1360scrip and scrippage. Exit.
    Cel. Didst thou heare these verses?
    Ros. O yes, I heard them all, and more too, for some
    of them had in them more feete then the Verses would
    1365Cel. That's no matter: the feet might beare y^e verses.
    Ros. I, but the feet were lame, and could not beare
    themselues without the verse, and therefore stood lame-
    ly in the verse.
    Cel. But didst thou heare without wondering, how
    1370thy name should be hang'd and carued vpon these trees?
    Ros. I was seuen of the nine daies out of the wonder,
    before you came: for looke heere what I found on a
    Palme tree; I was neuer so berimdsince Pythagoras time
    that I was an Irish Rat, which I can hardly remember.
    1375Cel. Tro you, who hath done this?
    Ros. Is it a man?
    Cel. And a chaine that you once wore about his neck:
    change you colour?
    Ros. I pre'thee who?
    1380Cel. O Lord, Lord, it is a hard matter for friends to
    meete; but Mountaines may bee remoou'd with Earth-
    quakes, and so encounter.
    Ros. Nay, but who is it?
    Cel. Is it possible?
    1385Ros. Nay, I pre'thee
    now, with most petitionary ve-
    hemence, tell me who it is.
    Cel. O wonderfull, wonderfull, and most wonderfull
    wonderfull, and yet againe wonderful, and after that out
    of all hooping.
    1390Ros. Good my complection, dost thou think though
    I am caparison'd like a man, I haue a doublet and hose in
    my disposition? One inch of delay more, is a South-sea
    of discouerie. I pre'thee tell me, who is it quickely, and
    speake apace: I would thou couldst stammer, that thou
    1395might'st powre this conceal'd man out of thy mouth, as
    Wine comes out of a narrow-mouth'd bottle: either too
    much at once, or none at all. I pre'thee take the Corke
    out of thy mouth, that I may drinke thy tydings.
    Cel. So you may put a man in your belly.
    1400Ros. Is he of Gods making? What manner of man?
    Is his head worth a hat? Or his chin worth a beard?
    Cel. Nay, he hath but a little beard.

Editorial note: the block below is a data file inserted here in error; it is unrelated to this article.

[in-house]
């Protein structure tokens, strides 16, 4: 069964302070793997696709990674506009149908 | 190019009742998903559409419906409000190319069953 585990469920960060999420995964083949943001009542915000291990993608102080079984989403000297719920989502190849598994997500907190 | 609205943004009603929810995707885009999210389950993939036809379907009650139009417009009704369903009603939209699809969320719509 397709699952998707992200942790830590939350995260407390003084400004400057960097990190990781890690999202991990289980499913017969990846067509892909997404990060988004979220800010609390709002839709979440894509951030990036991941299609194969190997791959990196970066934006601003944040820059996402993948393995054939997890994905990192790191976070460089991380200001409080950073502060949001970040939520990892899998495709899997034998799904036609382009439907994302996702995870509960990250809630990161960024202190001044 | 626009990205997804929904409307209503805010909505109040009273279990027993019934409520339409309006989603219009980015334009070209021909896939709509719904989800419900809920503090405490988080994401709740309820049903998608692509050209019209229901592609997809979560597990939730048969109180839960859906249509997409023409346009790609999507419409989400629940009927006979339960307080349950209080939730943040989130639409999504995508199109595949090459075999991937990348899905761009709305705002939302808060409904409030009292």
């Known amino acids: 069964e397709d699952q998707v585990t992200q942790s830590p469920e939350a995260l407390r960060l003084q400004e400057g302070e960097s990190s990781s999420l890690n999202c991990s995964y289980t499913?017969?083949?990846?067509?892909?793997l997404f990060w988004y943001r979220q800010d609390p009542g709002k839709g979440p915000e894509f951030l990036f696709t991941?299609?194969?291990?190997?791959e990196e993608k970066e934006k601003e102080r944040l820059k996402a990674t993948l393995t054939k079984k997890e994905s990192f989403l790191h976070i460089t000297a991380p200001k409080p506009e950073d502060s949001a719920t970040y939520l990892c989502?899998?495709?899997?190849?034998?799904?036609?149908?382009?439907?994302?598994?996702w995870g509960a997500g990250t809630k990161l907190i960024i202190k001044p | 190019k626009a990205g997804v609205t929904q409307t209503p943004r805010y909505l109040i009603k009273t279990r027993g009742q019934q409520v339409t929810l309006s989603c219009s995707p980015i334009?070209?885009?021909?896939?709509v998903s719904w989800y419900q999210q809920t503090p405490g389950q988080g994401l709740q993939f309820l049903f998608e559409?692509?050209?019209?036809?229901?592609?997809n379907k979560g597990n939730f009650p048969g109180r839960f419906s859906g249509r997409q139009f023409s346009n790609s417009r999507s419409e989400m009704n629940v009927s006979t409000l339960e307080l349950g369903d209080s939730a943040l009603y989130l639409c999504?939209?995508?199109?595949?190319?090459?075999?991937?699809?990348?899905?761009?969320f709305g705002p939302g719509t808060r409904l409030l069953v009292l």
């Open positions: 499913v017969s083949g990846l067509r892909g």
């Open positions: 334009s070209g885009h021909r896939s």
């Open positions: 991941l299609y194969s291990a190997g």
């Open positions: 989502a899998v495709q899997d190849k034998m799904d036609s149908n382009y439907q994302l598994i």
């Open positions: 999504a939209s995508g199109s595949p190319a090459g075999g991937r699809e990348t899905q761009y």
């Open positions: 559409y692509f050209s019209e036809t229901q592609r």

Ros. Why God will send more, if the man will bee
    thankful: let me stay the growth of his beard, if thou
    1405delay me not the knowledge of his chin.
    Cel. It is yong Orlando, that tript vp the Wrastlers
    heeles, and your heart, both in an instant.
    Ros. Nay, but the diuell take mocking: speake sadde
    brow, and true maid.
    1410Cel. I'faith (Coz) tis he.
    Ros. Orlando?
    Cel. Orlando.
    Ros. Alas the day, what shall I do with my doublet &
    hose? What did he when thou saw'st him? What sayde
    1415he? How look'd he? Wherein went he? What makes hee
    heere? Did he aske for me? Where remaines he ? How
    parted he with thee ? And when shalt thou see him a-
    gaine? Answer me in one vvord.
    Cel. You must borrow me Gargantuas mouth first:
    1420'tis a Word too great for any mouth of this Ages size, to
    say I and no, to these particulars, is more then to answer
    in a Catechisme.
    Ros. But doth he know that I am in this Forrest, and
    in mans apparrell? Looks he as freshly, as he did the day
    1425he Wrastled?
    Cel. It is as easie to count Atomies as to resolue the
    propositions of a Louer: but take a taste of my finding
    him, and rellish it with good obseruance. I found him
    vnder a tree like a drop'd Acorne.
    1430Ros. It may vvel be cal'd Ioues tree, when it droppes
    forth fruite.
    Cel. Giue me audience, good Madam.
    Ros. Proceed.
    Cel. There lay hee stretch'd along like a Wounded
    Ros. Though it be pittie to see such a sight, it vvell
    becomes the ground.
    Cel. Cry holla, to the tongue, I prethee: it curuettes
    vnseasonably. He was furnish'd like a Hunter.
    1440Ros. O ominous, he comes to kill my Hart.
    Cel. I would sing my song without a burthen, thou
    bring'st me out of tune.
    Ros. Do you not know I am a woman, when I thinke,
    I must speake: sweet, say on.
    1445Enter Orlando & Iaques.
    Cel. You bring me out. Soft, comes he not heere?
    Ros. 'Tis he, slinke by, and note him.
    Iaq I thanke you for your company, but good faith
    I had as liefe haue beene my selfe alone.
    1450Orl. And so had I: but yet for fashion sake
    I thanke you too, for your societie.
    Iaq. God buy you, let's meet as little as we can.
    Orl. I do desire we may be better strangers.
    Iaq. I pray you marre no more trees vvith Writing
    1455Loue-songs in their barkes.
    Orl. I pray you marre no moe of my verses with rea-